This doesn't sound typical of Pancake Pantry at all - but then I can't remember the last time I ordered something there that came with eggs. Buckwheat or potato or strawberry pancakes, side of bacon. Now that's breakfast. :biggrin:

"Tea and cake or death! Tea and cake or death! Little Red Cookbook! Little Red Cookbook!" --Eddie Izzard
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While I agree with Holly's sentiment, I also support Kay's writing and reviewing. Kay does do a great job at sniffing out and highlighting new, especially ethnic restaurants in Nashville. Some of the places that I have tried in the past year or two (and enjoyed) as a direct result of Kay's reviews include El Inca, Las Americas, La Terraza, and Parco Cafe. Yes, Kay does tend to get more excited about new ethnic restaurants than about existing standards, but it would be unfair to say that she ignores the more long-established restaurants or even newer establishments in the same genre. I recall glowing reviews of places like the Beacon Light, Mr. Boo's and Fat Mo's. While she is no fan of the Loveless, to say that Kay ignores or slights that type of establishment is inaccurate, IMHO.

Those who do not remember the pasta are doomed to reheat it.

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I was reacting to that specific article by Kay and more generally about the standard food scene wrap-ups that typically focus on the new bright and shiny bangles. It's good Kay also writes of the old time traditional places.

But who needs Kay, when I've got a great resource like pogophiles :smile:

Holly Moore

"I eat, therefore I am."

HollyEats.Com

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Thanks Holly! By the way, you made it to the Loveless just in time. Mrs. McCabe has just sold to a local caterer (Tom Morales). The Loveless is closing in Mid-January for a three month, $1.5 million renovation. I have high hopes, but you never know...

Those who do not remember the pasta are doomed to reheat it.

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I found the comments about The Mystery Building interesting. I eat at Boundry fairly often and my wife and I have been scratching our heads over that place for a while.

I am interested in trying Ru San's (can it be better than Samurai Sushi?!) and have been meaning to get over to Bar Twenty3. Would be interested in hearing anybody who's been.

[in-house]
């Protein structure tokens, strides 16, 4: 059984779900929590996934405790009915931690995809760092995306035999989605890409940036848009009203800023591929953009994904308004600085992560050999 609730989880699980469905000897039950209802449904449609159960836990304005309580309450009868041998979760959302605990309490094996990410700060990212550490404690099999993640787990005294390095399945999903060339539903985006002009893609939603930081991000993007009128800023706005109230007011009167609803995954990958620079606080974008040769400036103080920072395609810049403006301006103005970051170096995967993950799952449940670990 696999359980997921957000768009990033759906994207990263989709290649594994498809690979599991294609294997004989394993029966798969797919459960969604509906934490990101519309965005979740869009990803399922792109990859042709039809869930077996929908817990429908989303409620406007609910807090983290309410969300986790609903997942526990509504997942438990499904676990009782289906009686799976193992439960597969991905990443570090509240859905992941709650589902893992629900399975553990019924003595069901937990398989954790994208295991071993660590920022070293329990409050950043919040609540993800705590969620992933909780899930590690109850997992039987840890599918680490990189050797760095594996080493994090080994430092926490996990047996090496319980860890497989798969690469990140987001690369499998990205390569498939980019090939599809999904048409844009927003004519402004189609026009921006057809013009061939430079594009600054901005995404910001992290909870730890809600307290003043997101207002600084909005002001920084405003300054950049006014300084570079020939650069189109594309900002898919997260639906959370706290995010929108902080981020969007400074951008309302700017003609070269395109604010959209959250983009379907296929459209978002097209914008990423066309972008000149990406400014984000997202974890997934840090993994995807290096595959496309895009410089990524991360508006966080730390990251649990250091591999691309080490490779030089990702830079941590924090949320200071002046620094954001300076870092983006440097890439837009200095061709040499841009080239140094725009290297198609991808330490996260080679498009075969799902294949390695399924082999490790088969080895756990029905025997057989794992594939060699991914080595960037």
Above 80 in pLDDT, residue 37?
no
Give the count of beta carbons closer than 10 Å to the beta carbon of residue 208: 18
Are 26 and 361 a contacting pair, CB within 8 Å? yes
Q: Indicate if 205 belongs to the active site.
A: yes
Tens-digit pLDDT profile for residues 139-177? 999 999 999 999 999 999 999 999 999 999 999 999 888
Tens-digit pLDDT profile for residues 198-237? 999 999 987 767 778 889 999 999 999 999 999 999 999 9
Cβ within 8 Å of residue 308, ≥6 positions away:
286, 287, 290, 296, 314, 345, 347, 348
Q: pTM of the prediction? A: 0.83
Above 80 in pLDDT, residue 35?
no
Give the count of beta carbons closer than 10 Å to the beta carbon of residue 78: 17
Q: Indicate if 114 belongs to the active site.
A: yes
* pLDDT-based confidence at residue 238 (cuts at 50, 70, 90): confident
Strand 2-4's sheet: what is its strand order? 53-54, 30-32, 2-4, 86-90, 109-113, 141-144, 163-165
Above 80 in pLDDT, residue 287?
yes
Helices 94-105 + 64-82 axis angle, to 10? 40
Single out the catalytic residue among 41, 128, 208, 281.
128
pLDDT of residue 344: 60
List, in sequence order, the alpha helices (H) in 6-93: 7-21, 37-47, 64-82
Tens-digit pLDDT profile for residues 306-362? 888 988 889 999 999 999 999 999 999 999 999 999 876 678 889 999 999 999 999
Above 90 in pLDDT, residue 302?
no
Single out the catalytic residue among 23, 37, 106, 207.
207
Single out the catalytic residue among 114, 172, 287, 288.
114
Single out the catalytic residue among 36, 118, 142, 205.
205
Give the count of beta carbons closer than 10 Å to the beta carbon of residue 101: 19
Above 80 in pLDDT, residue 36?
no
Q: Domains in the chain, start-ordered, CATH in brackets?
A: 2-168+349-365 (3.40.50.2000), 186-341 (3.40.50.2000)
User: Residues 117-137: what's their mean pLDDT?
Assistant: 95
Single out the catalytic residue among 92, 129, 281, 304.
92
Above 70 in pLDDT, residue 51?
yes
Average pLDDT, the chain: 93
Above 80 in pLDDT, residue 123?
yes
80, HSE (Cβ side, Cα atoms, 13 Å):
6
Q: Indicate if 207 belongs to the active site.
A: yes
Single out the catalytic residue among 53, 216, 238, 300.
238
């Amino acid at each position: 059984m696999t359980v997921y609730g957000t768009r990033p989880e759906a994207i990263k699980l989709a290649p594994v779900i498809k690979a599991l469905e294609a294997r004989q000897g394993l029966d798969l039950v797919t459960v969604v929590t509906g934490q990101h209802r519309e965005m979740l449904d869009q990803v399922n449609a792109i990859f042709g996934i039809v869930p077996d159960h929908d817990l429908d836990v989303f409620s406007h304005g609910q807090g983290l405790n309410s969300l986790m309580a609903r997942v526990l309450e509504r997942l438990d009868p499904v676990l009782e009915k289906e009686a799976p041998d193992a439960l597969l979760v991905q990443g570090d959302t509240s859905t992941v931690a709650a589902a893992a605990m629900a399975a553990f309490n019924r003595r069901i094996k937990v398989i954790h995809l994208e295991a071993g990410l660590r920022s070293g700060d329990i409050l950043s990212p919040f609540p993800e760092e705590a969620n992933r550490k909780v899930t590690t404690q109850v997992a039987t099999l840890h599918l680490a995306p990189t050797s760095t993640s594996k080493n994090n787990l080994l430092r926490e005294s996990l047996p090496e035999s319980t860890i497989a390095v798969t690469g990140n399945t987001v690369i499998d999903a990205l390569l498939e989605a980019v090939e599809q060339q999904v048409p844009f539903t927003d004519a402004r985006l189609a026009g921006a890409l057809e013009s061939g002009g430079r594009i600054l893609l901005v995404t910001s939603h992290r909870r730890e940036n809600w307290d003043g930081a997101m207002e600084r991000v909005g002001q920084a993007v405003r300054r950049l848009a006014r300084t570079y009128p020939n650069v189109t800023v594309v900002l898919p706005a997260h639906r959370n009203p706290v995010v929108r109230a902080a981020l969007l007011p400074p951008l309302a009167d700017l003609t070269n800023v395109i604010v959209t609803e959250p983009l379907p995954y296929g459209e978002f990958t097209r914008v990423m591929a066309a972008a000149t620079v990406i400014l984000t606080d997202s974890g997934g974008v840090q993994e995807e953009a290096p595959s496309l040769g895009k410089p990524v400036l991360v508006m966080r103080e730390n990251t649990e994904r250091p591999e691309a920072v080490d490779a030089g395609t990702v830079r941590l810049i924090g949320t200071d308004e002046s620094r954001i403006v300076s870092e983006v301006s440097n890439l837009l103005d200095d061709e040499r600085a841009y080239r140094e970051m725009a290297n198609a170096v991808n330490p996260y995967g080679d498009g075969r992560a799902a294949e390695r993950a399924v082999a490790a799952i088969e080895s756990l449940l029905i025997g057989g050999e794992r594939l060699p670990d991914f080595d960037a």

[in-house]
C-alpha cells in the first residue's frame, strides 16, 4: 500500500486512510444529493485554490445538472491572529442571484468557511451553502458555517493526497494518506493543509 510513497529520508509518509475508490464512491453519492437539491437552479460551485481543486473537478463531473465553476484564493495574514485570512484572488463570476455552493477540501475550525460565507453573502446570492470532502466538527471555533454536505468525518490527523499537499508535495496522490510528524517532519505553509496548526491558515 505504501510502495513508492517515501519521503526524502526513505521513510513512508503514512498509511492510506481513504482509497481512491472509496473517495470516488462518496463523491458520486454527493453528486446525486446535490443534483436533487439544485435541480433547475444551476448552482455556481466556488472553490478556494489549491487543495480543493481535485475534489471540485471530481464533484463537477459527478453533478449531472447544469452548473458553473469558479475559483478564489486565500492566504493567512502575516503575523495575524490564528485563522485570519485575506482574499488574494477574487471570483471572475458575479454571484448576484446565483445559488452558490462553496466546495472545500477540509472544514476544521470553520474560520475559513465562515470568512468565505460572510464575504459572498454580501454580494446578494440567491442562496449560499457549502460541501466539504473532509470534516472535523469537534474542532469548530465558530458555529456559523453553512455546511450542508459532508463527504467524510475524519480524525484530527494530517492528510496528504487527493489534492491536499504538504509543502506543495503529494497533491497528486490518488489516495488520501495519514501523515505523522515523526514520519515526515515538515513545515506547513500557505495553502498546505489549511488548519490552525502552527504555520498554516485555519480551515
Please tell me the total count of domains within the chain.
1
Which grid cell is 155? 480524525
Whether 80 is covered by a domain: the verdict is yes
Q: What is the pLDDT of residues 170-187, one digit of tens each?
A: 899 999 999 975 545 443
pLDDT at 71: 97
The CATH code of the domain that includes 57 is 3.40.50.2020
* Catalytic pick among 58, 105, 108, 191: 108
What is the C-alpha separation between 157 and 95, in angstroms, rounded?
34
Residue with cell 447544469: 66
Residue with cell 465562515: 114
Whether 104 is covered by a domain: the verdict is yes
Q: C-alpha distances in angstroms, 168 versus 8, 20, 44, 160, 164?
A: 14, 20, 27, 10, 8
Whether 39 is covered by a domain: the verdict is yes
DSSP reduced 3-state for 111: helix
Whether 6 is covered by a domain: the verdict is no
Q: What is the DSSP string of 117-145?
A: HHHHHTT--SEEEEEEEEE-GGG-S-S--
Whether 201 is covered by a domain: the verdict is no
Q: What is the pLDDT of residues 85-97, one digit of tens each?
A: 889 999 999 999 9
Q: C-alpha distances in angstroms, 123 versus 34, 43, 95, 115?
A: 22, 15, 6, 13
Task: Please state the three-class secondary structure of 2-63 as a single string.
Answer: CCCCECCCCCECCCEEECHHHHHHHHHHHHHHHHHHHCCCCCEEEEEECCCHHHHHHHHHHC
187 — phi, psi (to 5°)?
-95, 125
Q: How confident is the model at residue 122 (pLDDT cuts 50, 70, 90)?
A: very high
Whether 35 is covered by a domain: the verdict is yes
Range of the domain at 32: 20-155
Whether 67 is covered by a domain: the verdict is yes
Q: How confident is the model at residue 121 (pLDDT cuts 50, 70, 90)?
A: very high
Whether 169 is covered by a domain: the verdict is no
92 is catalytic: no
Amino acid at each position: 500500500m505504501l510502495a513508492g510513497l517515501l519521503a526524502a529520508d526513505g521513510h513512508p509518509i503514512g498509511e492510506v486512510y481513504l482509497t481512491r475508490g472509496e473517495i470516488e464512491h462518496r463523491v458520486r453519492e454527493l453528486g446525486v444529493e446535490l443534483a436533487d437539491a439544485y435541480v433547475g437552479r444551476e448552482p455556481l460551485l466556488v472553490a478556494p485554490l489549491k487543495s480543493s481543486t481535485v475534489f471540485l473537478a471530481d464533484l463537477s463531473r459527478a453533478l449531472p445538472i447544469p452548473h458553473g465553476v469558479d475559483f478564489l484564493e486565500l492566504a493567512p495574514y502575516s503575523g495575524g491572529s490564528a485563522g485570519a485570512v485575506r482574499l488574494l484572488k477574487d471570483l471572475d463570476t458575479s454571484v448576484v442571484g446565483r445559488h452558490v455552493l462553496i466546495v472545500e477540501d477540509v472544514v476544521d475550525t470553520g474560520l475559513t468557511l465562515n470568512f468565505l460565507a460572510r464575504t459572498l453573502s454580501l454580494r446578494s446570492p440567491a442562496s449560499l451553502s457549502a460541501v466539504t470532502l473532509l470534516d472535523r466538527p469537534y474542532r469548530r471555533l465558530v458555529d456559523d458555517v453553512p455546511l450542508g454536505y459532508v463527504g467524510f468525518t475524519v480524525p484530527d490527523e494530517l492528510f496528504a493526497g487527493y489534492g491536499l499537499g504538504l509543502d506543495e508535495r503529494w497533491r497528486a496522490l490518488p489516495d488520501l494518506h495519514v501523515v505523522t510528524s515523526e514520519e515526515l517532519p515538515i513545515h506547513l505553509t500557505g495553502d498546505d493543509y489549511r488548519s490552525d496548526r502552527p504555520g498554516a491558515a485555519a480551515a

I'd like to see Margot more prominently mentioned, as it's one of my favorites -- extra credit given to chef Margot McCormack, too, for opening a terrific restaurant on the "wrong side of the river".

I'm also pleased to hear the rumors that Scott Alderson may be making it back into town. I felt awful when 6o ("six degrees") folded after only a few months, even more so that they closed before I got their BBQ beans recipe. Those beans were righteous. He's heading the kitchen at Saffire right now, AFAIK, but Franklin is waaay too far out for me to drive there very often.

I don't mind not seeing reviews of places like Loveless Cafe and Pancake Pantry - those are strictly tourist destinations, IMO. (I don't know any locals that eat at either of those establishments, ever). Like most Southerners, I can make better Southern comfort food at home (and my grandmother can flat-out blow them away). Nashville's a city with over half a million people, not a country hoe-down, and its serious chefs deserve recognition.

As for barbecue? I was born and raised in Texas, so no comment. :hmmm:

Don Moore

Nashville, TN

Peace on Earth

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The Wild Boar, The Wild Boar, and The Wild Boar !

I find the service at the Wild Boar a bit offputting due to their constant desire to upcharge. From the moment you sit down, they're bringing a bottle of chilled Veuve Cliquot to your table and offerring to sell it to you. Then later in the meal, they'll hold a black truffle and shaver over your plate and ask if you'd like some truffles for $5 a shave. It's a little obnoxious.

I have also been disappointed several times in their game preparation, particularly a downright bad elk dish I had via a tasting menu about a year ago. Chef Uhl over at Sunset Grill does better game.

That said, many of their dishes are spectacular. The duck and foie gras preparations are always outstanding, and recently I had a five course tasting there based around parts of a whole butter poached lobster that was very good indeed.

I'm not sure if they're still doing it, but as of about a month ago they had a special deal where if you dined between 6 and 7 pm, they offered a three course tasting menu for $45, which isn't bad at all. When I tried it, they threw in a few extra small courses (amuse, intermezzo, mignardies) for free.

The most wonderful reason to go there is the wine list, which is astounding, and the sommelier does a terrific job with the pairings, as they have a very good variety by the glass.

Don Moore

Nashville, TN

Peace on Earth

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Thanks Holly! By the way, you made it to the Loveless just in time. Mrs. McCabe has just sold to a local caterer (Tom Morales). The Loveless is closing in Mid-January for a three month, $1.5 million renovation. I have high hopes, but you never know...

Scary, very scary. What's the word on Tom Morales? Will he get it, or will he turn it into a tourist trap?

Holly Moore

"I eat, therefore I am."

HollyEats.Com